Bohnel et al v. Jetblue Airways Corporation

Filing 84

ORDER signed by Magistrate Judge Deborah Barnes on 7/27/2021 GRANTING IN PART AND DENYING IN PART 76 Motion for Discovery. (Zignago, K.)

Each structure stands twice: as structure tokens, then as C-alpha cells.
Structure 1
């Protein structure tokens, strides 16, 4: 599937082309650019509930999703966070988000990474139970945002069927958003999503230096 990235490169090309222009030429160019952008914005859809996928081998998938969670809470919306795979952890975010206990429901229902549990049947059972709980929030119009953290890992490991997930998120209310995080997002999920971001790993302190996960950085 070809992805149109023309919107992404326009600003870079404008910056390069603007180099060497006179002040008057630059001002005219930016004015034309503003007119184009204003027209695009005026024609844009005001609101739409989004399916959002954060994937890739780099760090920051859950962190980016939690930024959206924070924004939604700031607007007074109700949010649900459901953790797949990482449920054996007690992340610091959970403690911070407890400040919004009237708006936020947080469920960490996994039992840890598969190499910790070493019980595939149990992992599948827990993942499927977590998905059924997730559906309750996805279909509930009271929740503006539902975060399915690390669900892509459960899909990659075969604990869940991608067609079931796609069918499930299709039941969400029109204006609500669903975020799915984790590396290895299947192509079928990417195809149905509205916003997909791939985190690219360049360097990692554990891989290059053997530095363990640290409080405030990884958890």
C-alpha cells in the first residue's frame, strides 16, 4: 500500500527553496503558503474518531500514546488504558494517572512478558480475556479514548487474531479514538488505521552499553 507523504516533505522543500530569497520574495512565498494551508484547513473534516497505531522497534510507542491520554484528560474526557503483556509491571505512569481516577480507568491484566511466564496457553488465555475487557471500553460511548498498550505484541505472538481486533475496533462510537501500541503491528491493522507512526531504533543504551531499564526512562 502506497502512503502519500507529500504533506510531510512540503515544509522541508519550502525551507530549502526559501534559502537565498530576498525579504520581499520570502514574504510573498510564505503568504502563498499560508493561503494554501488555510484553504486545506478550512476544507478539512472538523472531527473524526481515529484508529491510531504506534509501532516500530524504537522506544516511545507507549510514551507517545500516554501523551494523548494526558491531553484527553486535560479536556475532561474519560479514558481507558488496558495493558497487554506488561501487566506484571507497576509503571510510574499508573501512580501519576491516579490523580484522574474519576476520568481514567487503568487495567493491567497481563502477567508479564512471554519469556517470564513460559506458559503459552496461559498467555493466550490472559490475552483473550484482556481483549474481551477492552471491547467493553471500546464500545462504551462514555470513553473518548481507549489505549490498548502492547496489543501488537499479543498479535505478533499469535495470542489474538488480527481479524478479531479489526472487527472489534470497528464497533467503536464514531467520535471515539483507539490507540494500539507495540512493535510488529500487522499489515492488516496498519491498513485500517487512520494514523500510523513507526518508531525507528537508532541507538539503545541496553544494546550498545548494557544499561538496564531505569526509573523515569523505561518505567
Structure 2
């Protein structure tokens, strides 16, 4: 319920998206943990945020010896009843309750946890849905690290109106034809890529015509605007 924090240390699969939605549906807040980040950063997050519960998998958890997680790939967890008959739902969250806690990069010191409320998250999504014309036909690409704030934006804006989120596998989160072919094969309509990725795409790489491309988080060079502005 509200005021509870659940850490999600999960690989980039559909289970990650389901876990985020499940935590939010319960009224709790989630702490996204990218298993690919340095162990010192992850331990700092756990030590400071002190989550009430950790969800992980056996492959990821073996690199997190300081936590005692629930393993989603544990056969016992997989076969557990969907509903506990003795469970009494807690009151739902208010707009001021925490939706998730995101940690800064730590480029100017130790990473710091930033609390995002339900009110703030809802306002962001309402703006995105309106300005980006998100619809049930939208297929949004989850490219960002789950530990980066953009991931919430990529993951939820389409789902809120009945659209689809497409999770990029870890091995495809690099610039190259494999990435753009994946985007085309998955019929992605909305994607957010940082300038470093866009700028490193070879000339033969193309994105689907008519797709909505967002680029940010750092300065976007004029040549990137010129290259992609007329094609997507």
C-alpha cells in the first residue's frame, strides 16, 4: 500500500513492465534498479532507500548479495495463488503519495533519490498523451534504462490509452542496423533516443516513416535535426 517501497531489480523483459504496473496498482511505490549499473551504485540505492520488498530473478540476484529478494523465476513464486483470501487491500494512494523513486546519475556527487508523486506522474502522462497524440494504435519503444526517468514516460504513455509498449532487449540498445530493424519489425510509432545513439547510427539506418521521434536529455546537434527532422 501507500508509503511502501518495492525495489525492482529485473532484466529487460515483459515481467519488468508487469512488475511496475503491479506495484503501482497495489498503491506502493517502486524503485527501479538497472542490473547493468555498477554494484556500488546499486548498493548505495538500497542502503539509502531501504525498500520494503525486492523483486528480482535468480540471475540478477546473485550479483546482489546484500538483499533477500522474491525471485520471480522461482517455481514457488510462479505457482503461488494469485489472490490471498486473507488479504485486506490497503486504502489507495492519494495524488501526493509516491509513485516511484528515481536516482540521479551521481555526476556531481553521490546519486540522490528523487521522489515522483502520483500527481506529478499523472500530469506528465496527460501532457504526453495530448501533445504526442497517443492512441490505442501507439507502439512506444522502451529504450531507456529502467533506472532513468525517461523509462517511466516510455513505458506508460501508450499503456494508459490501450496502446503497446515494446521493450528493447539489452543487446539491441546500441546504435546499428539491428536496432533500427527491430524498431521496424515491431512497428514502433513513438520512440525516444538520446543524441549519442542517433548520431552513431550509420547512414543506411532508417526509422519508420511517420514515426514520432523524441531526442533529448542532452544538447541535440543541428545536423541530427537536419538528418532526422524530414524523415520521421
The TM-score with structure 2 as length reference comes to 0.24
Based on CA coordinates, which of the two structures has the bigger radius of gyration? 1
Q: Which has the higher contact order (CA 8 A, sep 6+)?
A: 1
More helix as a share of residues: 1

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Case 2:18-cv-00081-WBS-DB Document 84 Filed 07/27/21 Page 1 of 7 1 2 3 4 5 6 7 8 UNITED STATES DISTRICT COURT 9 FOR THE EASTERN DISTRICT OF CALIFORNIA 10 11 12 MICHELLE HILL, an individual, and ARIEL EPSTEIN POLLACK, an individual, 13 14 15 16 Plaintiffs, v. JETBLUE AIRWAYS CORPORATION, a Delaware corporation, Defendant. 17 18 19 ERICKA BOHNEL, an individual, and ROSA MARTINEZ, an individual, Plaintiffs, 20 21 22 23 24 No. 2:17-cv-1604 WBS DB No. 2:18-cv-0081 WBS DB ORDER v. JETBLUE AIRWAYS CORPORATION, a Delaware corporation, Defendant. 25 26 On July 23, 2021, this matter came before the undersigned pursuant to Local Rule 27 302(c)(1) for hearing of defendant’s motion for discovery. Attorneys Rachel Luke and Glenn 28 Guenard appeared via Zoom on behalf of the plaintiffs. Attorney Ashley Shively appeared via 1 Case 2:18-cv-00081-WBS-DB Document 84 Filed 07/27/21 Page 2 of 7 1 Zoom on behalf of the defendant. Oral argument was heard and the motions were taken under 2 submission. The parties’ dispute concerns two issues: (1) plaintiffs’ Rule 35 examinations; and 3 (2) plaintiffs’ disclosures with respect to the calculation of damages. 4 I. Plaintiffs’ Rule 35 Examinations The court may order a Rule 35 Independent Medical Examination “only on motion for 5 6 good cause” and that motion must “specify the time, place, manner, conditions, and scope of the 7 examination, as well as the person or persons who will perform it.” Fed. R. Civ. P. 35(a)(2)(A)- 8 (B). Here, the parties do not dispute the propriety of the Rule 35 examinations and each side has 9 submitted a proposed order with respect to those examinations. (ECF Nos. 80-2 & 80-3.1 ) 10 Plaintiff, however, has made three requests with respect to the examinations. 11 A. 12 Plaintiffs request the presence of a third party—a licensed nurse—during the examinations Third Party and Audio Recording 13 for emotional support as well as an audio recording of the examinations. Whether to “either 14 allow a tape recorder or a third person at the examination of plaintiff raises only a single issue” 15 and depends on the facts of each case. Hertenstein v. Kimberly Home Health Care, Inc., 189 16 F.R.D. 620, 628-30 (D. Kan. 1999). “Three general reasons may argue the presence of a third person or recording device at a 17 18 Fed. R. Civ. P. 35(a) examination: (1) fear that the examiner, as a person retained by an opponent, 19 will improperly conduct the examination to obtain admissions or other damaging concessions 20 from the examinee; (2) fear that the examiner will utilize improper, unconventional, or harmful 21 examination techniques; and (3) a need for emotional support or comfort during the 22 examination.” Id. at 630. Here, plaintiffs assert that they “have a demonstrated need for emotional support” because 23 24 “they will be describing past trauma associated with the JetBlue Flight 429 severe turbulence 25 event.” (JS (ECF No. 80-1) at 7.) “While federal courts in some instances have permitted an 26 observer in a Rule 35 examination, ‘[t]he majority rule adopted by the federal courts is that the 27 1 28 For purposes of clarity and simplicity, the citation here and throughout is to the docket in Hill, No. 2:17-cv-1604 WBS DB. 2 Case 2:18-cv-00081-WBS-DB Document 84 Filed 07/27/21 Page 3 of 7 1 court may, and often should, exclude third-party observers, including counsel, from medical or 2 psychiatric evaluations.’” Flack v. Nutribullet, L.L.C., 333 F.R.D. 508, 517 (C.D. Cal. 2019); see 3 also Hertenstein, 189 F.R.D. at 631 (finding “no right to the presence of any third person or 4 mechanical recording device at the examination” and that “the presence of a mechanical 5 recording device inappropriate under the facts of this case”); Shirsat v. Mutual Pharmaceutical 6 Co., Inc., 169 F.R.D. 68, 70 (E.D. Pa. 1996) (“This Court finds that an observer, court reporter, or 7 recording device, would constitute a distraction during the examination and work to diminish the 8 accuracy of the process.”); Ragge v. MCA/Universal Studios, 165 F.R.D. 605, 609-10 (C.D. Cal. 9 1995) (“Third party observers may, regardless of their good intentions, contaminate a mental 10 examination.”). 11 While the undersigned is cognizant of the challenges inherent in a Rule 35 examination, 12 plaintiffs have failed to make a showing as to why any plaintiff—let alone all plaintiffs—require 13 emotional support during these examinations or why these examinations should be recorded. 14 Moreover, “[e]ven where legitimate concerns exist, many courts have emphasized that there are 15 ‘other, less drastic means of addressing them,’ including the provision of a Rule 35 examination 16 report to the plaintiff for review; the opportunity for plaintiff to depose the physician, cross- 17 examine the physician at trial, and introduce contrary expert evidence; and the opportunity to seek 18 exclusion of evidence improperly obtained during the examination from trial.’” Flack, 333 19 F.R.D. at 518 (quoting Smoloko v. Unimark Lowby Trans., LLC. 327 F.R.D. 59, 63 (M.D. Penn. 20 2018)). 21 Accordingly, plaintiffs’ request will not be granted. 22 B. 23 The parties disagree as how much time should be allowed for each examination. (See Duration of Plaintiffs’ Examinations 24 ECF No. 80-1 at 9; ECF No. 80-2 at 3; ECF No. 80-3 at 3, 7, 11.) The undersigned is cautious of 25 the fact that “imposing arbitrary time limits on the examinations would create more problems 26 than it would alleviate.” Nazar v. Harbor Freight Tools USA Inc., No 2:18-cv-0348 SMJ, 2020 27 WL 4730973, at *4 (E.D. Wash. Mar. 13, 2020); see also Lahr v. Fulbright & Jaworski, L.L.P., 28 164 F.R.D. 196, 202 (N.D. Tex. 1995) (“For the court to intervene and limit the type of 3 Case 2:18-cv-00081-WBS-DB Document 84 Filed 07/27/21 Page 4 of 7 1 examination an expert has indicated is necessary in order to analyze plaintiff’s claims would 2 subvert the truth finding function inherent in Rule 35 examinations.”). 3 That said, as acknowledged at the July 23, 2021 hearing, defendant is requesting up to 14 4 hours of examination for each plaintiff. In order to guard against fatigue, the undersigned will 5 order that each plaintiff be examined over a two-day period, with each day allowing for 2, four- 6 hour examinations (e.g., Monday 8 am to 12pm, & 1 pm to 5 pm, Tuesday 8 am to 12 pm & 1 pm 7 to 5 pm), with no less than a one-hour break between examination periods. The parties, however, 8 are free to amend this schedule pursuant to their agreement. See Halliday v. Spjute, No. 1:07-cv- 9 0620 AWI GSA, 2015 WL 3988903, at *3 (E.D. Cal. June 30, 2015) (“Given Plaintiffs’ concerns 10 about mental and emotional fatigue, however, the Court will permit each examination to occur 11 over a two day period. Each examination will consist of two, four hour testing sessions. This 12 schedule adequately protects Defendants’ need for discovery and Plaintiffs’ concerns of mental 13 fatigue.”). 14 C. 15 After the events at issue in this action plaintiff Ariel Pollack moved from California to Location of Plaintiff Ariel Pollack’s Examination 16 Tennessee. (JS (ECF No. 80-1) at 12.) Due to her “extreme fear of flying” plaintiff Pollack 17 requests that the defendant reimburse plaintiff for the travel expenses of both plaintiff “and her 18 mother to accompany her to provide comfort.” (Id.) 19 “The general rule with respect to the location of depositions is that the plaintiff must 20 produce its witnesses in the district in which the plaintiff instituted the action, unless the plaintiff 21 has shown financial hardship or inability to attend the deposition in that district.” Aerocrine AB 22 v. Apieron Inc., 267 F.R.D. 105, 108 (D. Del. 2010) (quotation omitted); see also In re 23 Outsidewall Tire Litigation, 267 F.R.D. 466, 471 (E.D. Va. 2010) (“courts ordinarily presume 24 that a plaintiff may be deposed in the judicial district where the action was brought, inasmuch as 25 the plaintiff, in selecting the forum, has effectively consented to participation in legal proceedings 26 there”); South Seas Catamaran, Inc. v. Motor Vessel Leeway, 120 F.R.D. 17, 21 (D. N.J. 1988) 27 (“the general rule requiring plaintiff or its agents to appear for the taking of depositions in the 28 district in which the suit is brought”). 4 Case 2:18-cv-00081-WBS-DB Document 84 Filed 07/27/21 Page 5 of 7 1 Again, the undersigned is cognizant of the difficulties plaintiff Pollack may encounter in 2 appearing for the Rule 35 examinations. However, plaintiff chose to bring this action knowing it 3 would be in this district. Moreover, even after the events at issue plaintiff Pollack has flown “on 4 occasion,” including to visit family in Maine and in Portland. (JS (ECF No. 80-1) at 12.) While 5 plaintiff Pollack is free to take any steps necessary to arrive safely and timely for the 6 examinations as seen fit the undersigned finds that plaintiffs have not justified an order requiring 7 defendant to reimburse plaintiff Pollack for such costs. Plaintiffs’ request, therefore, will not be granted. 8 9 10 II. Plaintiffs’ Computation of Damages According to defendant plaintiffs have not provided “even so much as an estimate of 11 general damages for each Plaintiff,” but “merely state that the ‘exact amount and categories of 12 general damages are currently unknown but will be proven at the time of trial.’” (JS (ECF No. 13 80-1) at 13.) Counsel for plaintiffs acknowledged at the July 23, 2021 hearing that plaintiffs are 14 seeking general and special damages. 15 “The initial disclosure requirement does contemplate ‘some analysis’ and requires more 16 than merely setting forth the amount demanded.” Ritchie v. Sempra Energy, CASE NO. 17 10cv1513 CAB(KSC), 2014 WL 12637955, at *6 (S.D. Cal. Aug. 4, 2014). Plaintiffs counsel 18 asserted at the July 23, 2021 hearing that it is difficult to calculate plaintiffs’ general damages at 19 this stage of the action. While that may be true, plaintiffs “should provide [an] assessment of 20 damages in light of the information currently available . . . so as to enable [defendant] to 21 understand the contours of its potential exposure and make informed decisions as to settlement 22 and discovery.” City and County of San Francisco v. Tutor-Saliba Corp., 218 F.R.D. 219, 221 23 (N.D. Cal. 2003). 24 Nonetheless, as stated by plaintiffs’ counsel at the July 23, 2021 hearing, it does not 25 appear that either side provided a copy of plaintiffs’ disclosure with respect to damages. Thus, 26 the undersigned cannot say with certainty whether plaintiffs’ disclosure was insufficient. 27 Accordingly, the plaintiffs shall reconsider their disclosure in light of this analysis and determine 28 whether a supplemental disclosure is warranted. See Design Strategy, Inc. v. Davis, 469 F.3d 5 Case 2:18-cv-00081-WBS-DB Document 84 Filed 07/27/21 Page 6 of 7 1 284, 295 (2nd Cir. 2006) (“by its very terms Rule 26(a) requires more than providing—without 2 any explanation—undifferentiated financial statements; it requires a ‘computation,’ supported by 3 documents”); Agence France Presse v. Morel, 293 F.R.D. 682, 685 (S.D. N.Y. 2013) (“Put 4 simply, damages computations and the documents supporting those computations are two 5 different things, and Rule 26 obliges parties to disclose and update the former as well as the 6 latter.”); Frontline Medical Associates, Inc. v. Coventry Health Care, 263 F.R.D. 567, 569 (C.D. 7 Cal. 2009) (“Plaintiff’s initial disclosure, therefore, should disclose a computation of each 8 category of damages attributable to each cause of action.”); Burrell v. Crown Cent. Petroleum, 9 Inc., 177 F.R.D. 376, 386 (E.D. Tex. 1997) (“Any further compensatory damages not related to 10 the issue of mental anguish must be reasonably calculated and disclosed to Crown, however.”). 11 12 13 If a dispute remains, the parties shall meet and confer over the issue. CONCLUSION Upon consideration of the arguments on file and those made at the hearing, and for the 14 reasons set forth on the record at that hearing and above, IT IS HEREBY ORDERED that: 15 1. Defendant’s motions for discovery (Hill ECF No. 80 & Bohnel ECF No. 76) are 16 17 18 granted in part and denied in part as stated above; and 2. Defendant JetBlue’s examinations of plaintiffs pursuant to Rule 35 of the Federal Rules of Civil Procedure shall be conducted as follows: 19 The examining providers will be Dr. Peter Sfakianos (an orthopedist) and Dr. Steven 20 Mcintire (a neurologist), a neuropsychologist to be determined, and any other physicians reasonably 21 disclosed by JetBlue in accordance with the expert discovery schedule. The exams will take place 22 as noticed, with reasonable accommodations as to date and time based on plaintiffs’ availability. 23 If plaintiffs fail to appear at the exam, as noticed and as agreed, or if plaintiffs or their agents or 24 representatives interfere in the exam in any way, plaintiffs will be invoiced for the full amount of 25 the exam, and will be subject to any other penalty or sanction as ordered by the court. 26 The exams for each plaintiff may take place over a two-day period, with each day allowing 27 for 2, four-hour examinations (e.g., Monday 8 am to 12pm, & 1 pm to 5 pm, Tuesday 8 am to 12 28 pm & 1 pm to 5 pm), with no less than a one-hour break between examination periods. The parties, 6 Case 2:18-cv-00081-WBS-DB Document 84 Filed 07/27/21 Page 7 of 7 1 however, are free to amend this schedule pursuant to their agreement. The estimated length of time 2 for the exams is at the discretion of the physician. The orthopedic and neurology exams are not 3 expected to last more than three hours each and neuropsychological exams no more than eight 4 hours. 5 The providers shall conduct exams in the areas of orthopedics, neurology (as to plaintiff 6 Pollack only), and neuropsychology. The providers will not inquire into privileged attorney-client 7 communications, and any inadvertent disclosure of such communications by plaintiffs will not be 8 admissible and will not constitute waiver of the attorney-client privilege. 9 The providers will be entitled to ask reasonable questions to facilitate the exam and as 10 necessary to complete their reports, including, but not limited to, as it relates to the underlying 11 incident, and plaintiffs’ medical history, treatment, and underlying/pre-existing conditions. 12 The physicians disclosed by JetBlue will adhere to applicable professional and ethical principles 13 and code of conduct. 14 Neither plaintiffs nor JetBlue will have an observer present during the exam. Neither 15 plaintiffs nor JetBlue will interfere, impede or delay the exam in any way. In the event that any 16 problems arise during the exam, the providers will contact counsel in an effort to promptly resolve 17 any disputes. Reports of the examinations will be dealt with in accordance with the provisions of 18 Rule 35 of the Federal Rules of Civil Procedure or as ordered by the court. 19 If plaintiffs’ take the deposition of the providers, the depositions will be conducted remotely 20 pursuant to the parties’ agreed-upon protocol, and plaintiffs will be invoiced at the hourly rate, or 21 deposition-flat fee rate, as the case may be, of each provider in accord ance with his/her respective 22 fee schedules. Plaintiffs and their counsel only should contact the providers through counsel for 23 JetBlue. Counsel for JetBlue will inform the providers of the terms of this order. 24 Dated: July 27, 2021 25 26 27 DLB:6 DB/orders/orders.civil/hill1604.oah.072321 28 7